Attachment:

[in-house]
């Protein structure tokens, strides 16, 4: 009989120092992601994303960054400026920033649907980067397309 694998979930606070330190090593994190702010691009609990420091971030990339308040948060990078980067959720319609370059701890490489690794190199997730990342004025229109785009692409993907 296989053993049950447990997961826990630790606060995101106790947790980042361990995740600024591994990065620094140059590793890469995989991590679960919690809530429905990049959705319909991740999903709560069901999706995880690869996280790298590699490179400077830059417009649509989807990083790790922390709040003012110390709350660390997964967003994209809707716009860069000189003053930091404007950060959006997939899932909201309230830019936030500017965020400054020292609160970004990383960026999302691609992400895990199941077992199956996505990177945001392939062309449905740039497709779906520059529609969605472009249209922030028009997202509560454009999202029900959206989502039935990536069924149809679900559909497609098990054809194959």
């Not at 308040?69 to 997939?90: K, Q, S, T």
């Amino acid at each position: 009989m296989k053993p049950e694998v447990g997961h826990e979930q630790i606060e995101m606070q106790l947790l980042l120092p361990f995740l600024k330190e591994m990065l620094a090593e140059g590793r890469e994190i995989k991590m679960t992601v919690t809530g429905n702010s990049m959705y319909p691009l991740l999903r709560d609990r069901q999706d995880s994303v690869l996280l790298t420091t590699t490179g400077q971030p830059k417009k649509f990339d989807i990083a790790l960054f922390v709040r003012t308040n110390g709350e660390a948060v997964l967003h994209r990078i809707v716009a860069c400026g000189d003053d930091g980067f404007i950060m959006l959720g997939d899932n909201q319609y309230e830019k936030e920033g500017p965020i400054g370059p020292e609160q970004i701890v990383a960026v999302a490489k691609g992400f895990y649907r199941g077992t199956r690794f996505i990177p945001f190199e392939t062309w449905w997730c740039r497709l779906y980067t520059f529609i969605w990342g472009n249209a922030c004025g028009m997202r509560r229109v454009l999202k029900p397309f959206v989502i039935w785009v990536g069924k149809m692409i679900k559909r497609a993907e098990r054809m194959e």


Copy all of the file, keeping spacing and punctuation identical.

[in-house]
């Protein structure tokens, strides 16, 4: 009989120092992601994303960054400026920033649907980067397309 694998979930606070330190090593994190702010691009609990420091971030990339308040948060990078980067959720319609370059701890490489690794190199997730990342004025229109785009692409993907 296989053993049950447990997961826990630790606060995101106790947790980042361990995740600024591994990065620094140059590793890469995989991590679960919690809530429905990049959705319909991740999903709560069901999706995880690869996280790298590699490179400077830059417009649509989807990083790790922390709040003012110390709350660390997964967003994209809707716009860069000189003053930091404007950060959006997939899932909201309230830019936030500017965020400054020292609160970004990383960026999302691609992400895990199941077992199956996505990177945001392939062309449905740039497709779906520059529609969605472009249209922030028009997202509560454009999202029900959206989502039935990536069924149809679900559909497609098990054809194959």
């Not at 308040?69 to 997939?90: K, Q, S, T």
């Amino acid at each position: 009989m296989k053993p049950e694998v447990g997961h826990e979930q630790i606060e995101m606070q106790l947790l980042l120092p361990f995740l600024k330190e591994m990065l620094a090593e140059g590793r890469e994190i995989k991590m679960t992601v919690t809530g429905n702010s990049m959705y319909p691009l991740l999903r709560d609990r069901q999706d995880s994303v690869l996280l790298t420091t590699t490179g400077q971030p830059k417009k649509f990339d989807i990083a790790l960054f922390v709040r003012t308040n110390g709350e660390a948060v997964l967003h994209r990078i809707v716009a860069c400026g000189d003053d930091g980067f404007i950060m959006l959720g997939d899932n909201q319609y309230e830019k936030e920033g500017p965020i400054g370059p020292e609160q970004i701890v990383a960026v999302a490489k691609g992400f895990y649907r199941g077992t199956r690794f996505i990177p945001f190199e392939t062309w449905w997730c740039r497709l779906y980067t520059f529609i969605w990342g472009n249209a922030c004025g028009m997202r509560r229109v454009l999202k029900p397309f959206v989502i039935w785009v990536g069924k149809m692409i679900k559909r497609a993907e098990r054809m194959e």